The National Science Board, the oversight advisory board of the National Science Foundation (NSF), recently released a statement in opposition to the FIRST Act, which is under consideration in the House Science, Space and Technology Committee. The FIRST Act aims to reauthorize programs at NSF, the National Institute of Standards and Technology (NIST) and the White House Office of Standards and Technology (OSTP), and is a follow-up to the America COMPETES Act, of which SWE has been a strong supporter.
This is a rare public response to a piece of legislation currently under consideration by Congress.
Signed by 23 members of the NSB, who are mostly university scientists and administrators, the statement begins, “The National Science Board (NSB) appreciates the historic strong commitment of the House Committee on Science, Space and Technology to the National Science Foundation (NSF) and to the research that NSF supports. In the face of global challenges to our Nation’s scientific leadership, NSF must maintain an unwavering focus on enabling scientific breakthroughs and on supporting the next generation of scientists. These scientists’ discoveries will underpin the health of the United States long into the future, especially with respect to its economic growth, prosperity and security.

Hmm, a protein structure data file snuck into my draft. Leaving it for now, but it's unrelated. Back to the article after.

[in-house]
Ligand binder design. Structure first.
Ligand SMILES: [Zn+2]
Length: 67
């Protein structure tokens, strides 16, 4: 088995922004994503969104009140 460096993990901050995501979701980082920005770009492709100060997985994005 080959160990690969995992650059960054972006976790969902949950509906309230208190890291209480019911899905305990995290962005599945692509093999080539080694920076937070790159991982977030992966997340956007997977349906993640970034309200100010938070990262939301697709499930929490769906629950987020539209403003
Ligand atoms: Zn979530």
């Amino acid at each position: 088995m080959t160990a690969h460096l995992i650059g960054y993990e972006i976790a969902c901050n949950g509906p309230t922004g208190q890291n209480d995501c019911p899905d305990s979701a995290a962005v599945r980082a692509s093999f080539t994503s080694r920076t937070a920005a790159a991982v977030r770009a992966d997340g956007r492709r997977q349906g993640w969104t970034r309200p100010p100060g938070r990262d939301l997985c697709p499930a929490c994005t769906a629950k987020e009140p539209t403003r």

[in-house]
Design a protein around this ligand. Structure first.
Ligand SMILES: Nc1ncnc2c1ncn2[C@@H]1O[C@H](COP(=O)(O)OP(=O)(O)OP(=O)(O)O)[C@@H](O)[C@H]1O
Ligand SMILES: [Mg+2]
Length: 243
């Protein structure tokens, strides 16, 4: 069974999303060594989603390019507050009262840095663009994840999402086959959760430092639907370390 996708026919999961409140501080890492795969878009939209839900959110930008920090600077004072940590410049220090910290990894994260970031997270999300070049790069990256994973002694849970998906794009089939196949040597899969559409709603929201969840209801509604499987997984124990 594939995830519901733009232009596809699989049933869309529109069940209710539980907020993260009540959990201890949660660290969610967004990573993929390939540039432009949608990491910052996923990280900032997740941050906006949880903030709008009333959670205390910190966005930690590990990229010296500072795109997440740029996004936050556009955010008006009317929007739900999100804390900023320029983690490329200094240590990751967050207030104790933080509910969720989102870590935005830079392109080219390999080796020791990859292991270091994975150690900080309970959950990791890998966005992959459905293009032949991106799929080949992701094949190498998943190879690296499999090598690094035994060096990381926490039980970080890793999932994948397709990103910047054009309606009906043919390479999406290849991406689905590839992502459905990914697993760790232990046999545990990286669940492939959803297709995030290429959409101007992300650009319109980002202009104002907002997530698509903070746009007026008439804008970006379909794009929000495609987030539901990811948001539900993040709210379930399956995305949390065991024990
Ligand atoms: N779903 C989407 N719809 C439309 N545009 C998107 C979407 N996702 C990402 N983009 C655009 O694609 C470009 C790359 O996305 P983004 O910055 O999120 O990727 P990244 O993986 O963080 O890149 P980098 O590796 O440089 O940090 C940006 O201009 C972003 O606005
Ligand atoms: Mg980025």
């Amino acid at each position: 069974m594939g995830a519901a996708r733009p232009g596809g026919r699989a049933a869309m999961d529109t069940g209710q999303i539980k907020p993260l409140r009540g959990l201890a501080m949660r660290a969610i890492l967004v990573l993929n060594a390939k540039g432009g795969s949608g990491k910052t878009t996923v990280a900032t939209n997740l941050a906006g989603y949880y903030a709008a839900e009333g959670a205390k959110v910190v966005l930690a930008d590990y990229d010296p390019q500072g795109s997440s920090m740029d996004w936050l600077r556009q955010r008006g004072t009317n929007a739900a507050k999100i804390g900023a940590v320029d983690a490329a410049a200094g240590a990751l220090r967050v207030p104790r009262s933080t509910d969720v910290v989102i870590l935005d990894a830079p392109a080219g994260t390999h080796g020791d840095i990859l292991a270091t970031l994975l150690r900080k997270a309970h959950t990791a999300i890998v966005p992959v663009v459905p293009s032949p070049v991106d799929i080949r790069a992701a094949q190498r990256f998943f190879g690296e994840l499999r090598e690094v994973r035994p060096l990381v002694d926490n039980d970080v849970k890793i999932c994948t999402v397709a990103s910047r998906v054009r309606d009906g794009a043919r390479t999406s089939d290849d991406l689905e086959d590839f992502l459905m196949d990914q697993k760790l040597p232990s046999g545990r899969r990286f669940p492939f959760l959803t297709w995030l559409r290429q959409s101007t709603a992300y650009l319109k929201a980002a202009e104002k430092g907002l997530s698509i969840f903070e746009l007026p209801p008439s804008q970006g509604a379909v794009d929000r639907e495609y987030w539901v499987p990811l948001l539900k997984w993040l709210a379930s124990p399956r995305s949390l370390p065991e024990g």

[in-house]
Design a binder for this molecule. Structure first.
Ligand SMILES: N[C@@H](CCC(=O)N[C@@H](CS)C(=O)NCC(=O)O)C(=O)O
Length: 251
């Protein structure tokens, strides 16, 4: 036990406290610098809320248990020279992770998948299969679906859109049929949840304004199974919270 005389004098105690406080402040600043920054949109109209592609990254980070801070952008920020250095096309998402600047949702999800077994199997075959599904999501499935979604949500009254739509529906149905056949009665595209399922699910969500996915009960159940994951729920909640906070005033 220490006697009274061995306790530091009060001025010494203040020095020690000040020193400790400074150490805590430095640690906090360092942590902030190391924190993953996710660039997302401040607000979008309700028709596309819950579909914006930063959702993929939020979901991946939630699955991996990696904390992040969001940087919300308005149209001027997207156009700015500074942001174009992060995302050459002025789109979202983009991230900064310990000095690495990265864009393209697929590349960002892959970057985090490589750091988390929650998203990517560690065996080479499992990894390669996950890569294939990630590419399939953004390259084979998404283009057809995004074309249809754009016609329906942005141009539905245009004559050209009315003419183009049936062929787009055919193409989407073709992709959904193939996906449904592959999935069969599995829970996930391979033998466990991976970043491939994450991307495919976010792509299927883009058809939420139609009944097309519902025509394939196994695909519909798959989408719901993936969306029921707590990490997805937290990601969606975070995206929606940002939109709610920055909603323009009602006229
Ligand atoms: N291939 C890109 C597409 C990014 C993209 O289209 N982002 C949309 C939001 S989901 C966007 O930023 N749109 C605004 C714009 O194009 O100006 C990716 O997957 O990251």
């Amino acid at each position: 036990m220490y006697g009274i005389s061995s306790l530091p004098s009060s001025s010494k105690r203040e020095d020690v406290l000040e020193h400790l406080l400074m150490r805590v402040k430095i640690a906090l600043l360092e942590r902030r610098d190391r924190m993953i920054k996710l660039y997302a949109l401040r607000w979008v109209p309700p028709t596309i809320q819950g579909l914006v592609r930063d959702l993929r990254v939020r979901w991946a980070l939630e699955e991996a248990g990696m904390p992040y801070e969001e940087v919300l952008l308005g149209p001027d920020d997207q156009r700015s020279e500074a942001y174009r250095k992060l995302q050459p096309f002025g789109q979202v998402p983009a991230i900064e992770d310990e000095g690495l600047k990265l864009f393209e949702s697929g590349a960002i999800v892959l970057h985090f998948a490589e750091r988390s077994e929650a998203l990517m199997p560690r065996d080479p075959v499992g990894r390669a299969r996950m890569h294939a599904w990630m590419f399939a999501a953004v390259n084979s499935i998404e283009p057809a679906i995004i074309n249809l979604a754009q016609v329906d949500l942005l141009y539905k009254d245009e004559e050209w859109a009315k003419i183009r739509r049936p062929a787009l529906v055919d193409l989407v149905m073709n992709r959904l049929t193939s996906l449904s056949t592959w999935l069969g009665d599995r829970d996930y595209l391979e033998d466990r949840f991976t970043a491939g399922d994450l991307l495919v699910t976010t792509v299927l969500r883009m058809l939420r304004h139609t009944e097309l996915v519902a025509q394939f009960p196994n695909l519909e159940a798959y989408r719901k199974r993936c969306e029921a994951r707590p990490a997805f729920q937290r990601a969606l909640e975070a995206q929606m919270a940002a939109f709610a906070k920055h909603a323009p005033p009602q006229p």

However, we are concerned that elements of the Frontiers in Innovation, Research, Science and Technology (FIRST) Act do not advance those goals. In fact, some of its provisions and tone suggest that Congress intends to impose constraints that would compromise NSF’s ability to fulfill its statutory purpose. Some elements of the bill would also impose significant new burdens on scientists that would not be offset by gains to the nation. Our greatest concern is that the bill's specification of budget allocations to each NSF Directorate would significantly impede NSF’s flexibility to deploy its funds to support the best ideas in fulfillment of its mission to “promote the progress of science; to advance the national health, prosperity, and welfare; to secure the national defense; and for other purposes.”
To read the statement in its entirety, please visit the National Science Board website.
In his response to media sources looking for comment, House Science, Space and Technology Chairman Lamar Smith (R-TX) remained adamant, saying the NSF’s "last-minute" promises of improved transparency and accountability were "too little, too late."